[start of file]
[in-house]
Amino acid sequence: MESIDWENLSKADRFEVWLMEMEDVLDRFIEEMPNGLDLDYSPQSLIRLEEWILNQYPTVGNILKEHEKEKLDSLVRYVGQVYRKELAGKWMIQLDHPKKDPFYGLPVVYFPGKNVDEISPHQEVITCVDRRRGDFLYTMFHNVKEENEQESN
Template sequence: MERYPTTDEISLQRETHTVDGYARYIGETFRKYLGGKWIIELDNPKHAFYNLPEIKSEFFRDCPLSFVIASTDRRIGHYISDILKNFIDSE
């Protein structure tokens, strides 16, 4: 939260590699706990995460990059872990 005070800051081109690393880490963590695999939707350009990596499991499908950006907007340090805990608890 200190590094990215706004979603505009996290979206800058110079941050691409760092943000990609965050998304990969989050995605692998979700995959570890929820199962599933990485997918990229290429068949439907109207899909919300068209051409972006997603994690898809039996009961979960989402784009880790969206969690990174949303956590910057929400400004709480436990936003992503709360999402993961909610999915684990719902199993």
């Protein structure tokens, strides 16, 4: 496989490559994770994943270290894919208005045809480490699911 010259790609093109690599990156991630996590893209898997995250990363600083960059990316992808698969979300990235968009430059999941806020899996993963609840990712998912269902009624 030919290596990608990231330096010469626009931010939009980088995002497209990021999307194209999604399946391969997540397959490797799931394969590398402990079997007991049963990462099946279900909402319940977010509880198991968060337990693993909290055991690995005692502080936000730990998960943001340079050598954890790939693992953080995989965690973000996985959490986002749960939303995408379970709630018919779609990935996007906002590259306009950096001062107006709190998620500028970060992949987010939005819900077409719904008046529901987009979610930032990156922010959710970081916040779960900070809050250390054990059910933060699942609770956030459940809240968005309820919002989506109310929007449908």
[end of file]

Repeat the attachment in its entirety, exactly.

[in-house]
Amino acid sequence: MESIDWENLSKADRFEVWLMEMEDVLDRFIEEMPNGLDLDYSPQSLIRLEEWILNQYPTVGNILKEHEKEKLDSLVRYVGQVYRKELAGKWMIQLDHPKKDPFYGLPVVYFPGKNVDEISPHQEVITCVDRRRGDFLYTMFHNVKEENEQESN
Template sequence: MERYPTTDEISLQRETHTVDGYARYIGETFRKYLGGKWIIELDNPKHAFYNLPEIKSEFFRDCPLSFVIASTDRRIGHYISDILKNFIDSE
């Protein structure tokens, strides 16, 4: 939260590699706990995460990059872990 005070800051081109690393880490963590695999939707350009990596499991499908950006907007340090805990608890 200190590094990215706004979603505009996290979206800058110079941050691409760092943000990609965050998304990969989050995605692998979700995959570890929820199962599933990485997918990229290429068949439907109207899909919300068209051409972006997603994690898809039996009961979960989402784009880790969206969690990174949303956590910057929400400004709480436990936003992503709360999402993961909610999915684990719902199993």
């Protein structure tokens, strides 16, 4: 496989490559994770994943270290894919208005045809480490699911 010259790609093109690599990156991630996590893209898997995250990363600083960059990316992808698969979300990235968009430059999941806020899996993963609840990712998912269902009624 030919290596990608990231330096010469626009931010939009980088995002497209990021999307194209999604399946391969997540397959490797799931394969590398402990079997007991049963990462099946279900909402319940977010509880198991968060337990693993909290055991690995005692502080936000730990998960943001340079050598954890790939693992953080995989965690973000996985959490986002749960939303995408379970709630018919779609990935996007906002590259306009950096001062107006709190998620500028970060992949987010939005819900077409719904008046529901987009979610930032990156922010959710970081916040779960900070809050250390054990059910933060699942609770956030459940809240968005309820919002989506109310929007449908």